The Kampot Museum opened on January 28 at 8am with a ribbon cutting and Buddhist blessing for the new venture. It was a hastily planned inauguration – the entrance fee was yet to be decided, and several guests misinterpreted the email invitation and turned up at 8pm instead, expecting a drinks reception.
“We had been talking about it for one year, saying ‘this is how we could do it’ or ‘no, this is how we could do it’,” explained Olivier Duqué, technical adviser to the museum project and member of the steering committee. Duqué said that, in the end, Kampot governor Khoy Kun Hour tired of the back and forth and announced that the museum would be opening with a two-week turnaround – finished or not.
The only institute of its kind in the province, the Kampot Museum was made possible by a grant from the International Association of Francophone Majors (AIMF) earmarked for urban heritage safeguarding in the city, and $50,000 from the Kampot Provincial Administration. The lion’s share of the money was spent on the restoration of three of the city’s French colonial buildings, including the custard yellow Governor’s Mansion in which the museum is housed.
The museum space itself was opened on a budget of $10,000.
As it stands, the renovated space boasts three permanent exhibits. A series of six illustrated panels chart the province’s history in Khmer, French and English. A display of photographs, and a few paintings, depict life in the town under the French Protectorate. There are also are 14 artefacts provided by the Ministry of Culture and Fine Arts. The statues and sculptures, some of which are pre-Angkorian, originate from sites around Kampot Province. They are dedicated to Vishnu, and feature the ancient lingam and yoni symbols representing the unity of male and female.
The rushed opening has meant that there is no labelling on the exhibits. “It’s on the way,” said Duqué. Museum director Nhauv Saem said that, in the meantime, he was happy to act as a guide for Khmer or French speaking visitors.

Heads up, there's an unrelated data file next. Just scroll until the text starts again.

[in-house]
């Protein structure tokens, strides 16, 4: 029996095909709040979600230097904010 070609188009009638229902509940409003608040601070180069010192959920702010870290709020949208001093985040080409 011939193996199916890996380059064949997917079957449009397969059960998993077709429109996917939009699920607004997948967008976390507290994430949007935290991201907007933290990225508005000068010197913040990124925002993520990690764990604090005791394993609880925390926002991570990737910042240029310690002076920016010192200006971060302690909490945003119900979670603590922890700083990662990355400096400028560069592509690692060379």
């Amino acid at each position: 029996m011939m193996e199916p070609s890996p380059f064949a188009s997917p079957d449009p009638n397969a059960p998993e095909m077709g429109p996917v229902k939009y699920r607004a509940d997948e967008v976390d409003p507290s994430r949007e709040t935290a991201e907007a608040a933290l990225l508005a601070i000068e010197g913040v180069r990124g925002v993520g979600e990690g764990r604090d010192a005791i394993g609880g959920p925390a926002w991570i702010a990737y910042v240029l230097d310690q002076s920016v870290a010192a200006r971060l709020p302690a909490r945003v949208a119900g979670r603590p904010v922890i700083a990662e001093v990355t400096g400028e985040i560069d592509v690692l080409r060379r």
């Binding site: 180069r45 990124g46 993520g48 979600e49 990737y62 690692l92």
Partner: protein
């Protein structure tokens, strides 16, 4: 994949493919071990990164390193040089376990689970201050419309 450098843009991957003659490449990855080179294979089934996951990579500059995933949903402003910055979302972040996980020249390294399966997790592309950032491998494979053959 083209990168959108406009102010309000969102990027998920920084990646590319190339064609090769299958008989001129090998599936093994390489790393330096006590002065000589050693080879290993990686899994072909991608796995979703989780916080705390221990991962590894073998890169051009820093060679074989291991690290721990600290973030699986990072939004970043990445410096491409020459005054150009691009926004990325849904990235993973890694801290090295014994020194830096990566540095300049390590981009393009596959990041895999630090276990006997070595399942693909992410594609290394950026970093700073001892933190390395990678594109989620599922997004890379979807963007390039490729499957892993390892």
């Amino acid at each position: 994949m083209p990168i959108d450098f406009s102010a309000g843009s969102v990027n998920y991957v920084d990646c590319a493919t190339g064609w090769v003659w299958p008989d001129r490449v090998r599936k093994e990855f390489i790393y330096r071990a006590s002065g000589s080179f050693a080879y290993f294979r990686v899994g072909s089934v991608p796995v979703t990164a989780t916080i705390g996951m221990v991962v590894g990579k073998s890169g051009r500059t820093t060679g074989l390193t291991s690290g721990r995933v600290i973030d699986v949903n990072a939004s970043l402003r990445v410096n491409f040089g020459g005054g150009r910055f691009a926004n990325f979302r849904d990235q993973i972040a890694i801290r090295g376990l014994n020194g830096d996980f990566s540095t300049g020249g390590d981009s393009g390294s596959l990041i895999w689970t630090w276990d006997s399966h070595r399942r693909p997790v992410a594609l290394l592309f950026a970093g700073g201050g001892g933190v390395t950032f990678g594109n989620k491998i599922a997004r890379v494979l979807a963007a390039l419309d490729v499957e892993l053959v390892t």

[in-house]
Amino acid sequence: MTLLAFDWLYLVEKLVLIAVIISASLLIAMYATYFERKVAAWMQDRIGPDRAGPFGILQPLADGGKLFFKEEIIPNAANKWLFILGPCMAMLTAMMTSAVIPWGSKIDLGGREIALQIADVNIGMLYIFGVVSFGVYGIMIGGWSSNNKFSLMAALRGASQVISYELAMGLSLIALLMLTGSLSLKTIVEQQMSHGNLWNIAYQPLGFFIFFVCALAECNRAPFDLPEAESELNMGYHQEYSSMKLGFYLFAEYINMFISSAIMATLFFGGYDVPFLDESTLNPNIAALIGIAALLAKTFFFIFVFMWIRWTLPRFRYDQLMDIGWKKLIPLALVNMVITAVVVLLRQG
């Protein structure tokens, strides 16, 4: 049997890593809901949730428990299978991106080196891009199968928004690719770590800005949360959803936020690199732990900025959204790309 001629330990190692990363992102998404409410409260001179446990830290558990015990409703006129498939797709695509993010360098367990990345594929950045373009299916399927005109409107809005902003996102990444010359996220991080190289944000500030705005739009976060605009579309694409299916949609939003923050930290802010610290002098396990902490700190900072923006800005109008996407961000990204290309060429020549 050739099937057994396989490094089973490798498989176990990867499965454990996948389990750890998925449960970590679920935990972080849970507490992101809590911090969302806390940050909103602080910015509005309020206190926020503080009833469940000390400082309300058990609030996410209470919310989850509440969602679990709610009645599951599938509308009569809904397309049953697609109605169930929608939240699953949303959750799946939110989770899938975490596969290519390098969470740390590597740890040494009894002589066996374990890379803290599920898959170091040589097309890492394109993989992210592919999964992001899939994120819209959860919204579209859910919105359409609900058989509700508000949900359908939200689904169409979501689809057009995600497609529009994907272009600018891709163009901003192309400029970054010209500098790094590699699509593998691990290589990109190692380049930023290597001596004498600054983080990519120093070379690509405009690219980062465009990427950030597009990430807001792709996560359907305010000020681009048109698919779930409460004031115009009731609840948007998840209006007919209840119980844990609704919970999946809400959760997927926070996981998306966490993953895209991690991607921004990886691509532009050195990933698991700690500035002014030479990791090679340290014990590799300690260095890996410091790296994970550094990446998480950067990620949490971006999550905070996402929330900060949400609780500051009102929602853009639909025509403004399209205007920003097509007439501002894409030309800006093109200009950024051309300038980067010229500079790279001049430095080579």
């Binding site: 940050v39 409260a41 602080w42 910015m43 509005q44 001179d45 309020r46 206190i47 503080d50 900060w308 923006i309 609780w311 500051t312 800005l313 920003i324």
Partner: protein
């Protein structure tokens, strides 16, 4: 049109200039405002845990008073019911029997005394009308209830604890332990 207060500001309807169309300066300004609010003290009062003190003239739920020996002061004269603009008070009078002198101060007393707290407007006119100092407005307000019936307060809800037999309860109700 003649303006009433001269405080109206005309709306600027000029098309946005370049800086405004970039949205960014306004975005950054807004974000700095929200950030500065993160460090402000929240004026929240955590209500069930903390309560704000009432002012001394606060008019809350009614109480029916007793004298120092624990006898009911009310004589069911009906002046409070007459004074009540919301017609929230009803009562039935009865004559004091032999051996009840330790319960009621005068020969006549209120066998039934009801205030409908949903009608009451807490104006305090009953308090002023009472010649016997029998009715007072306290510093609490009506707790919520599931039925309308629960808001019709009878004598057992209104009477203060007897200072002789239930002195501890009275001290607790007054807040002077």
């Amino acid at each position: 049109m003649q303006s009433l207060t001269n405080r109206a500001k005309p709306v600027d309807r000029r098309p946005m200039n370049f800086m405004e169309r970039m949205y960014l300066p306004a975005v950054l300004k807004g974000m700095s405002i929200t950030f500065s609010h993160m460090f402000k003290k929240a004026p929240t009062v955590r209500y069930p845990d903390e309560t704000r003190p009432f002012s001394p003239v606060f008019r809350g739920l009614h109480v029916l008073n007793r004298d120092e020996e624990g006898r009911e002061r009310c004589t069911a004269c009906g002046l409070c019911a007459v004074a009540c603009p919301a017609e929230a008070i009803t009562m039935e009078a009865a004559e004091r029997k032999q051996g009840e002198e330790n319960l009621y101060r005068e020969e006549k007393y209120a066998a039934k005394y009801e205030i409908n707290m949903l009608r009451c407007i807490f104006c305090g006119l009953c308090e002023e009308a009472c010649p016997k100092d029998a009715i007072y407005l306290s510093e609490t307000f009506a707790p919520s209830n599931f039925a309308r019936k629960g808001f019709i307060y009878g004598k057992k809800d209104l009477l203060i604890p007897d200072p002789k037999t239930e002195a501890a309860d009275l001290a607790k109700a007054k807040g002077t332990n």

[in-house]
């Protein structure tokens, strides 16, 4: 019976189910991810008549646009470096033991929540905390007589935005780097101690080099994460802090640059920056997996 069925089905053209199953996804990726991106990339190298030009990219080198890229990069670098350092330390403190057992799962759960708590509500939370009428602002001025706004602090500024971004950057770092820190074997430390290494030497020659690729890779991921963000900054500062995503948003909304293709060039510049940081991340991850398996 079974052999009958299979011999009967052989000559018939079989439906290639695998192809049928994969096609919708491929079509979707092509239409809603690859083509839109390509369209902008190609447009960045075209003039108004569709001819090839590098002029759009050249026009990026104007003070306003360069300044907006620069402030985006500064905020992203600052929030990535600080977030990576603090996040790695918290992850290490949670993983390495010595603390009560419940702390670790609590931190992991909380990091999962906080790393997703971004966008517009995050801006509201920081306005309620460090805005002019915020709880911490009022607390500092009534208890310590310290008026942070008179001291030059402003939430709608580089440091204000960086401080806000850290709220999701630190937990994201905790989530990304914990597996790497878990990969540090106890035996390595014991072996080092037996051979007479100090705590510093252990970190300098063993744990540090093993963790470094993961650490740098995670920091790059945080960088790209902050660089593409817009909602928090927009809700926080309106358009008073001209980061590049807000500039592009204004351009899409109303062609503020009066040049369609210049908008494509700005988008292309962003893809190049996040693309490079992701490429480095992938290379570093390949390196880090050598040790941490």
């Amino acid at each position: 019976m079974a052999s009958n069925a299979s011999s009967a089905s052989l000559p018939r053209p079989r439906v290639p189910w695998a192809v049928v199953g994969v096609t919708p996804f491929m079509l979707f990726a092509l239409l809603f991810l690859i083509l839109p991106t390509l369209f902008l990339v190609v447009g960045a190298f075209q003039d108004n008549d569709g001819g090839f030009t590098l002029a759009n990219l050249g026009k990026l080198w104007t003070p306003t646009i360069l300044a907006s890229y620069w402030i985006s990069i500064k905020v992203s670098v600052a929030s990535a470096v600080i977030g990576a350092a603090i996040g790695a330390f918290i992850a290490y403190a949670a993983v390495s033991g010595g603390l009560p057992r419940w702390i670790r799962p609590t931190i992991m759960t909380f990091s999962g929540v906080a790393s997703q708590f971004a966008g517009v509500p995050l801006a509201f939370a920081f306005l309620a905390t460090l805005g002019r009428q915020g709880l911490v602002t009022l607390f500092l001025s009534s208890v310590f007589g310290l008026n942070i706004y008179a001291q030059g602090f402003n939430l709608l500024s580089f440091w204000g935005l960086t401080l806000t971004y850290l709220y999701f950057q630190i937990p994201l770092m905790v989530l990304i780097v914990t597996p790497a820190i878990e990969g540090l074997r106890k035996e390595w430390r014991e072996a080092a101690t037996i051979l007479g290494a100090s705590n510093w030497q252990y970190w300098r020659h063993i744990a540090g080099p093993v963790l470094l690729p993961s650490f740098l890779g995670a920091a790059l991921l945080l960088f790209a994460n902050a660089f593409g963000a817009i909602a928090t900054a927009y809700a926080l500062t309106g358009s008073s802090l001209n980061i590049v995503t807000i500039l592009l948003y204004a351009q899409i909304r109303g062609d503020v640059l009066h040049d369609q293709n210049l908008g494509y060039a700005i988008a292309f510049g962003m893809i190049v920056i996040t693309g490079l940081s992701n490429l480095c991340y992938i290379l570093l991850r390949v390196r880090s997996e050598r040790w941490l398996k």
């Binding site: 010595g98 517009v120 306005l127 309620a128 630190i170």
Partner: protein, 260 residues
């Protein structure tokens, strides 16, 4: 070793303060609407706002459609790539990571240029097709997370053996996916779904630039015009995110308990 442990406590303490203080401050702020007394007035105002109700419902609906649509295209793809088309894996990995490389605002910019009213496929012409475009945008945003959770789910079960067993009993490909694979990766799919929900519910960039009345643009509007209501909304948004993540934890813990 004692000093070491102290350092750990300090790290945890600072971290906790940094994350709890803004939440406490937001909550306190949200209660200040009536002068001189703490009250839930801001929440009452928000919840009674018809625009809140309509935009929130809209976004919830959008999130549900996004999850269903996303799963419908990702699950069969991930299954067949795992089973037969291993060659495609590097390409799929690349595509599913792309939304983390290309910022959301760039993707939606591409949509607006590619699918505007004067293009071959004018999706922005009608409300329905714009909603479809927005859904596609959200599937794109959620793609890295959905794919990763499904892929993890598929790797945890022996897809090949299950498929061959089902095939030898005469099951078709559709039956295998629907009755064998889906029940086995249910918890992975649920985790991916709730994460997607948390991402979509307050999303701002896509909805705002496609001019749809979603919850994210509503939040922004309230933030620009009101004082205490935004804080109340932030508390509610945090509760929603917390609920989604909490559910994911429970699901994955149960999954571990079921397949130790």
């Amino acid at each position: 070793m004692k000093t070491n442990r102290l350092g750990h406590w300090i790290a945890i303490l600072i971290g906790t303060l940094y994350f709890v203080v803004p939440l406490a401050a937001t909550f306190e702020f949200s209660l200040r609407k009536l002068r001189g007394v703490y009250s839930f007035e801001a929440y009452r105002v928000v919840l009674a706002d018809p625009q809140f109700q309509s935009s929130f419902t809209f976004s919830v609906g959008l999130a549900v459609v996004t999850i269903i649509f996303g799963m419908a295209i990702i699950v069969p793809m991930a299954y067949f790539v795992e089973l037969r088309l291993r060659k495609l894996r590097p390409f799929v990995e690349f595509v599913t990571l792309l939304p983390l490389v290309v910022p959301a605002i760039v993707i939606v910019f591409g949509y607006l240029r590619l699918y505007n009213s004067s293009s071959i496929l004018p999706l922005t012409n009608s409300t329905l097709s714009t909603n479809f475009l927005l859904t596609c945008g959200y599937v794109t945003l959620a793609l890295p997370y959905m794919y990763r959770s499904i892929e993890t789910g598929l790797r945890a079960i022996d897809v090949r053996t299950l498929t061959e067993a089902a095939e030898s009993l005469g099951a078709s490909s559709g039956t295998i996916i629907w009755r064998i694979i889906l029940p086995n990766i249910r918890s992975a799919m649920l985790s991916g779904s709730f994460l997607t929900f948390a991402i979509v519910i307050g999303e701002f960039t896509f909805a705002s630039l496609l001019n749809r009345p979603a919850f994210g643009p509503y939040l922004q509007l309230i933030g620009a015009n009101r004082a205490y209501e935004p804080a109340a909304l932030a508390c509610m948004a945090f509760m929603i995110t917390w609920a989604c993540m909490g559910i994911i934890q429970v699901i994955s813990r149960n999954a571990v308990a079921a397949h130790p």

Saem – a literature professor-turned-local historian – also expressed his wish to see the space expanded: “I hope that in the next year or near future, there will be more historical things like history books in this museum, and I hope that more tourists will come to support us,” he said.
The challenge is to secure the necessary funding. Saem said he hopes that AIMF will continue to offer their support. “Since we are a member of AIMF, there is a supporting money fund by AIMF for looking after the museum and fixing the sculptures,” he said. But Duqué, who played a driving role in securing and distributing the funding, said that the existing grant had been spent almost in its entirety and that the steering committee was now considering crowd funding donations, or establishing a “Friends of Kampot” organisation to help. He confirmed that until new funding had been secured, no changes would be made to the exhibition space. “What we have here is a first draft,” he said.
For now, visitors should pick their visiting hours wisely. The museum opens Tuesdays, Thursdays and Saturdays from 3pm-6pm and on Sunday from 8am to 11am.
The museum is located at the Governor’s Mansion, Riverside, Kampot.
Additional reporting by Vandy Muong